Arena Pharmaceuticals in deal to fund commercialization of obesity drugBy Linda A. Johnson, AP
Thursday, July 1, 2010
Arena Pharmaceuticals in deal for obesity drug
Arena Pharmaceuticals Inc. said Thursday it has an agreement with Japan’s Eisai Inc. in a deal worth potentially more than $1.3 billion to fund commercialization of an obesity drug that could become Arena’s first product.
Arena’s lorcaserin is part of a wave of potential new treatments for a tough-to-treat problem that’s become an epidemic in developed countries.
San Diego-based Arena said Eisai will pay $50 million upfront for rights to sell lorcaserin in the U.S. In addition, Arena could get as much as $160 million in payments for reaching certain development targets and getting the drug approved by regulators, plus a $1.16 billion one-time payment in the future based on the level of annual sales.
Arena will manufacture the drug and Eisai will distribute it in the U.S.
Arena keeps the rights in other countries, Chief Executive Jack Lief told The Associated Press.
“That allows us to maximize our international opportunities,” he said.
Arena, which has no products on sale yet, reported at a medical conference Saturday on a late-stage weight-loss study of lorcaserin that included more than 6,000 patients. The company said that 47 percent of patients in the group taking lorcaserin lost at least 5 percent of their body weight, compared with 23 percent who lost that much in a comparison group taking dummy pills.
Doctors generally say that weight loss of 5 percent or more brings significant health benefits.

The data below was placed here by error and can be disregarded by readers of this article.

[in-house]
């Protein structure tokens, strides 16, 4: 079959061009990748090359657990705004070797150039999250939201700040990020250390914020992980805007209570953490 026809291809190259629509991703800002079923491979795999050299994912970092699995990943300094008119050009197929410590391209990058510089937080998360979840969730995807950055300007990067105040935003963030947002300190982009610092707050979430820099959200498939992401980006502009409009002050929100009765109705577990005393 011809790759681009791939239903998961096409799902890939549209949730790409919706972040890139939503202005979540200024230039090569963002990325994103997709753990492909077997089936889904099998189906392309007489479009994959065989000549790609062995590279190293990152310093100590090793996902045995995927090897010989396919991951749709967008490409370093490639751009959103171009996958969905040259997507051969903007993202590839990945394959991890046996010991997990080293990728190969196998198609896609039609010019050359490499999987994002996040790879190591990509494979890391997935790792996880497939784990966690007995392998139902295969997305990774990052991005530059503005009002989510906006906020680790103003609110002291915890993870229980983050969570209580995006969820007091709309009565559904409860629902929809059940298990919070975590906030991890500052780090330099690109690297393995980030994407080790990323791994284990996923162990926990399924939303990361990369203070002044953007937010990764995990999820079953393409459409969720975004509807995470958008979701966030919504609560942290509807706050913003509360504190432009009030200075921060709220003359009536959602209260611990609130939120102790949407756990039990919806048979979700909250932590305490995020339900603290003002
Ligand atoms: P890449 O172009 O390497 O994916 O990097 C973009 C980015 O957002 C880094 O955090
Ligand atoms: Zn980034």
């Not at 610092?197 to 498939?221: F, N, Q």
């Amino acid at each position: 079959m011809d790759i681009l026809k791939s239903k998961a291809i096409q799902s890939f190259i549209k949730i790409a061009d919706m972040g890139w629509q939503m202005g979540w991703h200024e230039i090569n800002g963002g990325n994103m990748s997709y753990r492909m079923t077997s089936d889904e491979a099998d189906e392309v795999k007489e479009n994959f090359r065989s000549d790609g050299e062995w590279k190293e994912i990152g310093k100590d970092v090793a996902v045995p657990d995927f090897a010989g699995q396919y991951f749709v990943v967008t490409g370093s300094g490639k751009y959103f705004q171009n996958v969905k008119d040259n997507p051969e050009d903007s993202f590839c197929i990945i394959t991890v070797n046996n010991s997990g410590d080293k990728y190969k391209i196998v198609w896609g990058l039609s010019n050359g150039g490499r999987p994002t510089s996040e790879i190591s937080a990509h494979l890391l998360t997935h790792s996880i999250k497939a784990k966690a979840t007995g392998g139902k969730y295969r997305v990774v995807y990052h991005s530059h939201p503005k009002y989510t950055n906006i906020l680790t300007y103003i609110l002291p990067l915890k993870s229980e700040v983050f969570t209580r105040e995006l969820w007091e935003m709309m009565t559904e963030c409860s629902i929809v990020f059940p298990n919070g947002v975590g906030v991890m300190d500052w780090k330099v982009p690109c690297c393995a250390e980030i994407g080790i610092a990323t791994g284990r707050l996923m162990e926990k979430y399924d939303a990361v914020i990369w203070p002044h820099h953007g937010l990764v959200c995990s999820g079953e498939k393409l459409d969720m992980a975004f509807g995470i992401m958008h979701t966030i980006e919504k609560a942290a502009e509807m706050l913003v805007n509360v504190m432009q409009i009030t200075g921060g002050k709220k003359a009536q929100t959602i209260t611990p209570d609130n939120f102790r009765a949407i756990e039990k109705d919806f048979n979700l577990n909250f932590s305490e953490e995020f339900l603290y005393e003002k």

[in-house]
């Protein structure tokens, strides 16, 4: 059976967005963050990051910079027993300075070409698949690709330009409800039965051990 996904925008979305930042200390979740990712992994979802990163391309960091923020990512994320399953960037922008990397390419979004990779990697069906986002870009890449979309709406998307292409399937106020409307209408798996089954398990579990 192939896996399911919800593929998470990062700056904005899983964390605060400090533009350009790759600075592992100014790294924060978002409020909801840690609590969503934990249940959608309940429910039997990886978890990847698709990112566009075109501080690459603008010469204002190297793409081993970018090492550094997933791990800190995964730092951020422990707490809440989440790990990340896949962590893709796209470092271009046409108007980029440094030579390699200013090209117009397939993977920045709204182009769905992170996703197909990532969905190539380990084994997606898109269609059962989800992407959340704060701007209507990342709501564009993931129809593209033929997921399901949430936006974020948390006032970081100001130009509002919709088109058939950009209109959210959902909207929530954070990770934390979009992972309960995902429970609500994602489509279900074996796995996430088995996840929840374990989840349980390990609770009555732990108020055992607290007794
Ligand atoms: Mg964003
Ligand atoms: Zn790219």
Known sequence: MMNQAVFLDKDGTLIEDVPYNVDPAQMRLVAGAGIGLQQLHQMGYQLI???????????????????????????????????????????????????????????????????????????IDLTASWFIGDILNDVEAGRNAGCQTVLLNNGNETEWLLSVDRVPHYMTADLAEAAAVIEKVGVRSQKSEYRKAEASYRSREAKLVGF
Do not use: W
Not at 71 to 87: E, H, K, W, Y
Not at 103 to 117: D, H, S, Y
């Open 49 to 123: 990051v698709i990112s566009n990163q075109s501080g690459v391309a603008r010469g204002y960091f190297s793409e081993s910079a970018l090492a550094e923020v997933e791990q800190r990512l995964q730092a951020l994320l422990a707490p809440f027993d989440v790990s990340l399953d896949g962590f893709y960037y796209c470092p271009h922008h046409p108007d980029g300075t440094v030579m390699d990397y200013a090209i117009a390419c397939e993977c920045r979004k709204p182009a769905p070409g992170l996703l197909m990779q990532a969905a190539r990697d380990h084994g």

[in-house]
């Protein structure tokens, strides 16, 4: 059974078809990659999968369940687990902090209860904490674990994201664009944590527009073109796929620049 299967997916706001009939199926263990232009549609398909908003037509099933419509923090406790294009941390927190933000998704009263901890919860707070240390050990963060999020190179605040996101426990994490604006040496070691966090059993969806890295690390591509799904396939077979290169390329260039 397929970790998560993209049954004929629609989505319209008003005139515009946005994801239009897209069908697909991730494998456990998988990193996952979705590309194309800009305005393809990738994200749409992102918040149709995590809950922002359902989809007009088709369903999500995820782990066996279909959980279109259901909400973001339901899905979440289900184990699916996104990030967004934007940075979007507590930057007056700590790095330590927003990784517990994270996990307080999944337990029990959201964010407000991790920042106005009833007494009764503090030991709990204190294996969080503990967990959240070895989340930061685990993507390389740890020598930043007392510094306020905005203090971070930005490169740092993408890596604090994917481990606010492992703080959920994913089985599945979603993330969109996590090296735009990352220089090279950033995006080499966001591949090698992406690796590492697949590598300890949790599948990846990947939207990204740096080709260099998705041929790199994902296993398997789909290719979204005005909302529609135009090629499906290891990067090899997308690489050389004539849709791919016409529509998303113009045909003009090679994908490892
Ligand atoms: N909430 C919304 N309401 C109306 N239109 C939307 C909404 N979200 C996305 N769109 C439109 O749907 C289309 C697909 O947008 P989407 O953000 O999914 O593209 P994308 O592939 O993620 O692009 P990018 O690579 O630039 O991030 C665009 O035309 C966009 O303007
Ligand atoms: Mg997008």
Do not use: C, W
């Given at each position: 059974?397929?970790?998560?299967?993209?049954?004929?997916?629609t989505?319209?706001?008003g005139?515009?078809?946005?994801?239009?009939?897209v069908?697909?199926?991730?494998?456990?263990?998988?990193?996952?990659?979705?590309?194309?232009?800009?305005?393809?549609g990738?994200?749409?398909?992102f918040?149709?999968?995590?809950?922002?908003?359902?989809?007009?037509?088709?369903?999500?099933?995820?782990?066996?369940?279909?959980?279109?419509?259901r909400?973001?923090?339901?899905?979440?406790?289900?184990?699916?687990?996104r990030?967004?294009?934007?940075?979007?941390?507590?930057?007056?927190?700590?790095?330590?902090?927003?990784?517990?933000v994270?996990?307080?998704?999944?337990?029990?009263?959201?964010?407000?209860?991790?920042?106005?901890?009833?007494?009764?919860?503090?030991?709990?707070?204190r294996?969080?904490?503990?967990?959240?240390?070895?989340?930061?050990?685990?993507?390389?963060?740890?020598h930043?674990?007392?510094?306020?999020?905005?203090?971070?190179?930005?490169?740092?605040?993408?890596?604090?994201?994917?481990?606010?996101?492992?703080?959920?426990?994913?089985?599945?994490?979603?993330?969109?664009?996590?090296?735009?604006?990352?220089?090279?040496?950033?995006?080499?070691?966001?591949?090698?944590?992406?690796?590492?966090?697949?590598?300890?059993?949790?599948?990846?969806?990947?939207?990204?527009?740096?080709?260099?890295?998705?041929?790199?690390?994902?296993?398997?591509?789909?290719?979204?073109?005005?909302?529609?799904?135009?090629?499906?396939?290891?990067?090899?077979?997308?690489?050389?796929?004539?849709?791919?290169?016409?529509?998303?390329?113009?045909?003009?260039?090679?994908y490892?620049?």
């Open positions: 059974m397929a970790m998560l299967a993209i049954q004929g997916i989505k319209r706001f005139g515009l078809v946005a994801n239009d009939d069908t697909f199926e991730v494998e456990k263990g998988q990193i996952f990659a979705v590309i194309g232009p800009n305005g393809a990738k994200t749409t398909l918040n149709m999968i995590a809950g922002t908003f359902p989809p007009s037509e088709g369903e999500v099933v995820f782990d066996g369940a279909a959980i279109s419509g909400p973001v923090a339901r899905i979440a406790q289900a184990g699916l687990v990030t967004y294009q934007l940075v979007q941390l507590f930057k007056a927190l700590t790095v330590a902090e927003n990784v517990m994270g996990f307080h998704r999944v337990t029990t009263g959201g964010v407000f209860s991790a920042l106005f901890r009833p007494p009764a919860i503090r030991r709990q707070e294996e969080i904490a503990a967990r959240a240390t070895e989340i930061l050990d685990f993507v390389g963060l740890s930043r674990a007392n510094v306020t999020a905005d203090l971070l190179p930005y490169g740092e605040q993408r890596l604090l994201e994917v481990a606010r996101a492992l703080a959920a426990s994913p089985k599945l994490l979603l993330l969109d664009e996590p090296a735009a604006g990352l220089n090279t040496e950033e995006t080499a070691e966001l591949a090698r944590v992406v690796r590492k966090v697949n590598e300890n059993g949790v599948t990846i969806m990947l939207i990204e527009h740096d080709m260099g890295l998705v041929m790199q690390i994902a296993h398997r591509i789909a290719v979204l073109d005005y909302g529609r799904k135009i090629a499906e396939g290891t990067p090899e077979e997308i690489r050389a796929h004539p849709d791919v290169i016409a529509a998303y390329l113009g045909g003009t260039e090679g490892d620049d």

“With Esai, we have the right company to market lorcaserin in the United States, the right type of agreement to optimize lorcaserin’s medical and commercial potential” at the right time, Lief said.
The drug works by interacting with a brain receptor involved in appetite control and feelings of satiety, according to the company.
Lorcaserin, which has not yet been given a brand name, is part of a new wave of promising experimental obesity drugs. Three drugs are poised to reach what could be a very large and lucrative market around the same time — late this year or early next year.
The other two medicines are Qnexa, developed by Vivus Inc. of Mountain View, and Contrave, developed by Orexigen Therapeutics, also of San Diego.
All three drug candidates are being developed by small companies and are under review by the U.S. Food and Drug Administration.
Qnexa will be the first to be reviewed by an FDA panel of experts, at a meeting scheduled for July 15.
Lorcaserin is set for review by an FDA panel on Sept. 16, with a tentative deadline of Oct. 22 for the FDA to rule on approval.
Contrave is scheduled for a panel review on Dec. 7, and the agency is set to make a ruling on that drug by Jan. 31, 2011.
Finding a successful obesity treatment has been difficult, with numerous past drugs failing because of limited effectiveness, safety problems or unpleasant side effects such as loose stool.
But with Americans and people in many other countries getting fatter and fatter, any treatment that works well would be a blockbuster.
The market for obesity drugs alone is likely to be worth billions a year, and the new drugs might also turn out to help in treating diseases related to obesity, such as Type 2 diabetes and sleep apnea.
Qnexa, the Vivus drug, has been tested in multiple studies of patients with either diabetes or sleep apnea.
Multiple studies on research by the companies, including the latest on lorcaserin, were presented during the American Diabetes Association medical conference in Orlando, Fla., that wrapped up at the beginning of this week.
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